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Texas Senate Bill Targets ‘Renegade’ DAs

Government

House of Representatives chambers, at the capitol building in Texas | Image by VDB Photos/Shutterstock

A freshman Texas senator has filed legislation that would expose district attorneys to potential litigation from the Office of the Attorney General (OAG) if they decline to prosecute criminal actions.

Sen. Tan Parker (R-Flower Mound) tweeted Thursday on the opening day of the 88th Legislature:

“I continued my commitment to public safety, filing my first Senate Bill – SB 378, which allows the Attorney General to bring suit against district attorneys who willfully disregard Texas law, placing the public at risk.”

The proposed legislation would empower the OAG to sue district and county attorneys if they adopt, formally or informally, a policy of non-prosecution or amnesty for crimes committed in violation of Texas law.

“A prosecuting attorney may not,” the bill reads, “adopt or enforce a policy under which the prosecuting attorney prohibits or materially limits the enforcement of any criminal offense.”

The bill also stipulates that “a prosecuting attorney may not prohibit or materially limit a peace officer or attorney … from enforcing any criminal offense.”

If a prosecutor were to violate the policy, “The attorney general may bring an action” and “recover reasonable expenses incurred in obtaining relief.”

Furthermore, the offending prosecutor would be subject to fines of up to $1,500 for a first violation and $25,500 for subsequent violations per day the policy is in effect.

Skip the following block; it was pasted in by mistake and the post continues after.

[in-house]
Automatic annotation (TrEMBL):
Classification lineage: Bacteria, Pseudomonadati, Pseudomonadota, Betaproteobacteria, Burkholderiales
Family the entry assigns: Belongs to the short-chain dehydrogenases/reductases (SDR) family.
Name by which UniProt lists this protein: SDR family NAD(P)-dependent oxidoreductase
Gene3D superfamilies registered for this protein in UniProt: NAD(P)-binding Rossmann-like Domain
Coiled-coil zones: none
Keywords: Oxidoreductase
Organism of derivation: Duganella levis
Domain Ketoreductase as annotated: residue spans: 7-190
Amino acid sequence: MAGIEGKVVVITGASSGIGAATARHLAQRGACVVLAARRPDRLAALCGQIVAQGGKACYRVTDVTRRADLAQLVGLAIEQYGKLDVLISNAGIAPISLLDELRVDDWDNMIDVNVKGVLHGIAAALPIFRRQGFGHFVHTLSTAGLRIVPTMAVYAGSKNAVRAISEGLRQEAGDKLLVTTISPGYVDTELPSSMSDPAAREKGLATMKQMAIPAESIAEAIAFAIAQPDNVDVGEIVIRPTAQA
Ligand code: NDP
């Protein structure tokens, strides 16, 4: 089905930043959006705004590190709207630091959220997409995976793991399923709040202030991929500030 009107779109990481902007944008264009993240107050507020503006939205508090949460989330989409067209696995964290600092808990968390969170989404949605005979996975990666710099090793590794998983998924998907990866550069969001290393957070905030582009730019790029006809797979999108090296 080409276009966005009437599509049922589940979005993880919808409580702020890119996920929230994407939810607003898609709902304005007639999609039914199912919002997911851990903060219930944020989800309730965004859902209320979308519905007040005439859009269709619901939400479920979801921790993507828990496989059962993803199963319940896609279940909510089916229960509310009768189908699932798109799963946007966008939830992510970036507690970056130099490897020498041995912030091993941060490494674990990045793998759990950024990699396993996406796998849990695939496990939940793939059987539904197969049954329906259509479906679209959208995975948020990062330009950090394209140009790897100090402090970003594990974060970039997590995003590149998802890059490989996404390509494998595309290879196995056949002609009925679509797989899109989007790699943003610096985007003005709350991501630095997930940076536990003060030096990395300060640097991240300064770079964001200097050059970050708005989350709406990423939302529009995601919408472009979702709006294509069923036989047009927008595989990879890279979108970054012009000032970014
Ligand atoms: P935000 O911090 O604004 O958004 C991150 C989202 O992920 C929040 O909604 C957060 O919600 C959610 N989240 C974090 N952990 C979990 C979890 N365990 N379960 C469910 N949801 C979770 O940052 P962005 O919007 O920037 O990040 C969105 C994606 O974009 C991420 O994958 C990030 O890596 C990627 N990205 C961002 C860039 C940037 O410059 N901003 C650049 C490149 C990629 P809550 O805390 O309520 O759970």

The violating attorney would also be automatically removed from office if found guilty in a jury trial.

Sen. Parker told The Dallas Express, “We have witnessed district attorneys in Texas willfully disregard their most fundamental responsibilities, putting the public’s safety at risk.”

Continuing, Parker explained, “Our government was built on the principle of separation of powers. It is the job of the legislature to enact and repeal the laws on the books, based on feedback from our constituents.”

“However, an increasing number of district attorneys in this state are taking it upon themselves to legislate from their desks, oftentimes against the wishes of the people living in their own communities who are left facing the consequences of their inaction,” the senator concluded.

Parker’s proposal follows a public reversal by Dallas County District Attorney John Creuzot, who recently abandoned his controversial theft amnesty policy, as reported by The Dallas Express.

Still, Creuzot defended the experiment, arguing that he only sought to “decriminalize poverty.” He claimed his policy had been “misrepresented and politicized.”

Since Creuzot’s inauguration, the number of violent and property-related crimes has increased by the thousands, according to Federal Bureau of Investigation data.

Despite increases in crime, Creuzot recently won another four-year term after receiving hundreds of thousands of dollars in support from left-wing megadonor George Soros, as covered by The Dallas Express.

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